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Encyclopedia > Peculiar institution

The "peculiar institution" was an euphemism for slavery and the economic ramifications of it in the American South. The term aimed to explain away the seeming contradiction of legalized slavery in a country whose Declaration of Independence states that "We hold these truths to be self-evident, that all men are created equal, that they are endowed by their Creator with certain unalienable rights, that among these are life, liberty and the pursuit of happiness." The term also refers to the reality of legally-recognized slavery conferring a property right over a person, as the term "peculiar" derives from the Latin word "peculium", meaning private property. It was in popular use during the first half of the 19th century, especially in legislative bodies, as the word slavery was deemed "improper," and was actually banned in certain areas. A euphemism is an expression intended by the speaker to be less offensive, disturbing, or troubling to the listener than the word or phrase it replaces, or in the case of doublespeak to make it less troublesome for the speaker. ... To meet Wikipedias quality standards, this article or section may require cleanup. ... The U.S. Southern states or the South, also known colloquially as Dixie, constitute a distinctive region covering a large portion of the United States, with its own unique heritage, historical perspective, customs, musical styles, and cuisine. ... U.S. Declaration of Independence The Declaration of Independence is a document in which the Thirteen Colonies declared themselves independent of the Kingdom of Great Britain and explained their justifications for doing so. ... Alternative meaning: Nineteenth Century (periodical) (18th century — 19th century — 20th century — more centuries) As a means of recording the passage of time, the 19th century was that century which lasted from 1801-1900 in the sense of the Gregorian calendar. ...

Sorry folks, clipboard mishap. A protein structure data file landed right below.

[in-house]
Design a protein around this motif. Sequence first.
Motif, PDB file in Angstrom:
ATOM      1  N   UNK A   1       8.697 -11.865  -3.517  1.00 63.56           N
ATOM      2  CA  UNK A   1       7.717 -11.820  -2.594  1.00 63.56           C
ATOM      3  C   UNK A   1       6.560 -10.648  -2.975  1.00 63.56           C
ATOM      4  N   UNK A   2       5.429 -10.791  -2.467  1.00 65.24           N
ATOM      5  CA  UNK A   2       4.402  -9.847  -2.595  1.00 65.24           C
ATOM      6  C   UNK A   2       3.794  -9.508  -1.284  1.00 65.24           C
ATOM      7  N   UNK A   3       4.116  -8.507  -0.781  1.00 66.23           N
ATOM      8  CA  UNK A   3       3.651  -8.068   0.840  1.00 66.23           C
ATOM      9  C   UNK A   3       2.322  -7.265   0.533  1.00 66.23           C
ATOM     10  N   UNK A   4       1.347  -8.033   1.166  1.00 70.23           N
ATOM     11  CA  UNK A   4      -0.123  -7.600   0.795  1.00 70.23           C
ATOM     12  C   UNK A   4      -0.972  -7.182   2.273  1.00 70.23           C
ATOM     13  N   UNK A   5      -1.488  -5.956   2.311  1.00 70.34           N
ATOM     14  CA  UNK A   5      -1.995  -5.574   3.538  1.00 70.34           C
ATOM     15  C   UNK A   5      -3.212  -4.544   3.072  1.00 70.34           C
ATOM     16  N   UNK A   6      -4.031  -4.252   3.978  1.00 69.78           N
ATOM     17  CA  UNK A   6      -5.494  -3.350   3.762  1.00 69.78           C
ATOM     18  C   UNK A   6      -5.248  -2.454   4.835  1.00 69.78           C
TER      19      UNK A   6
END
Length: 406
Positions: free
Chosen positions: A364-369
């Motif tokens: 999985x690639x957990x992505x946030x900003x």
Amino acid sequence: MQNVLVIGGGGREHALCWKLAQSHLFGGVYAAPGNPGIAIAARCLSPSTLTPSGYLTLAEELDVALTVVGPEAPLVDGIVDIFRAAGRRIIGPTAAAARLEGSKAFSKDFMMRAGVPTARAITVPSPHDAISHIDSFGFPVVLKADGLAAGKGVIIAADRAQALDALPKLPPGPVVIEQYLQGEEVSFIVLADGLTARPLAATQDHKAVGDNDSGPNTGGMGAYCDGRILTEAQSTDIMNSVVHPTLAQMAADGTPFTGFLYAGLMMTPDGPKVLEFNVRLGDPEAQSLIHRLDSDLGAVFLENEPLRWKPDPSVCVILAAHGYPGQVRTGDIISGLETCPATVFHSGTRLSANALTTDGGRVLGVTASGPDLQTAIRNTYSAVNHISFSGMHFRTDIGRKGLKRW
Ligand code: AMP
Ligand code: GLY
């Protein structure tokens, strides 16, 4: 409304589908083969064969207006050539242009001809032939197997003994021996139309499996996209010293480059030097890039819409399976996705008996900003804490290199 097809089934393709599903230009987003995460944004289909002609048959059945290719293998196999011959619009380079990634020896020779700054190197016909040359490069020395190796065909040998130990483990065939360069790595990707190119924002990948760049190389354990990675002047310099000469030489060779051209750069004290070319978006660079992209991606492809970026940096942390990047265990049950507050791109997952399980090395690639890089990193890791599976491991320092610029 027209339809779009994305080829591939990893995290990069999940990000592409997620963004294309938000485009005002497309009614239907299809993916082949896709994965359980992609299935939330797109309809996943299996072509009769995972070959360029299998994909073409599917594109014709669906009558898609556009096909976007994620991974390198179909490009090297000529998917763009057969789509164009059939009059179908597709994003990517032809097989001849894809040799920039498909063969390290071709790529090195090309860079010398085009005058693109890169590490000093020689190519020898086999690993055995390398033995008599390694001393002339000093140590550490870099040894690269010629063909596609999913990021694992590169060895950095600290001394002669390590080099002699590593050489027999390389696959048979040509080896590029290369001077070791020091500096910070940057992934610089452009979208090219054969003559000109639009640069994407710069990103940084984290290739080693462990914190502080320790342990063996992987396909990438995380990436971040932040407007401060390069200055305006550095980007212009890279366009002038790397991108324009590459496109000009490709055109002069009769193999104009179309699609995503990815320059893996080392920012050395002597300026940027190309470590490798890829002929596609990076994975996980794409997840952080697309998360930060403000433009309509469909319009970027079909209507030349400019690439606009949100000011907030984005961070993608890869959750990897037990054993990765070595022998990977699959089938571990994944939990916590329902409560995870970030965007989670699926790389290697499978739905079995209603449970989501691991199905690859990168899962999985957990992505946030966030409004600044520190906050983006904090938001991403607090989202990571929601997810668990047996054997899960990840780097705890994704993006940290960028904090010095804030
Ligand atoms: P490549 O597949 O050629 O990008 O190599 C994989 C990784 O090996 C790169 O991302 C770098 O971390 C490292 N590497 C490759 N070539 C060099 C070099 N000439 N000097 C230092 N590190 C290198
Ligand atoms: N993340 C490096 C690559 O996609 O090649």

This phrase is used notably in the speeches and writings of John C. Calhoun, including his Speech on the Reception of Abolition Petitions. John Caldwell Calhoun (March 18, 1782 – March 31, 1850) was a prominent United States Southern politician and political philosopher from South Carolina during the first half of the 19th century. ...

In the United States, following the 1973 Roe v. Wade Supreme Court decision, which overturned laws prohibiting abortion in all 50 states, political opponents of abortion have taken to referring to abortion as the "new peculiar institution"; in an effort to associate the perception, as they see it, of unborn fetuses as property to be disposed of with the 19th century view of slaves as private property; and to discredit the institution of abortion in general by associating it with slavery. Holding Texas laws criminalizing abortion violated womens Fourteenth Amendment right to choose whether to continue a pregnancy. ... The Supreme Court of the United States is the highest judicial body in the United States and is the only part of the judicial branch of the United States federal government explicitly specified in the United States Constitution. ...

  Results from FactBites:
Excite - Search: What Is Peculiar Institution? (303 words)
The "peculiar institution" was a euphemism for slavery and the economic ramifications of it in the American South.
peculiar institution The "peculiar institution" was a euphemism for slavery and the economic ramifications of it in the American South.
Peculiar Institution: Slavery in the Ante-Bellum South by Kenneth M. Stampp for $10.53 at Walmart.com.
Ezra Klein: The Peculiar Institution (1795 words)
The "peculiar institution", by the way, is another term for "slavery".
Laughter is peculiar to men, it is a sign of their rationality.') One could say that Hunter S Thompson has a peculiar writing style (in both senses).
In the phrase 'peculiar institution' it means 'an institution that belongs to us - is peculiar to us (presumably as opposed to the free states of the North and Canada)'.
  More results at FactBites »



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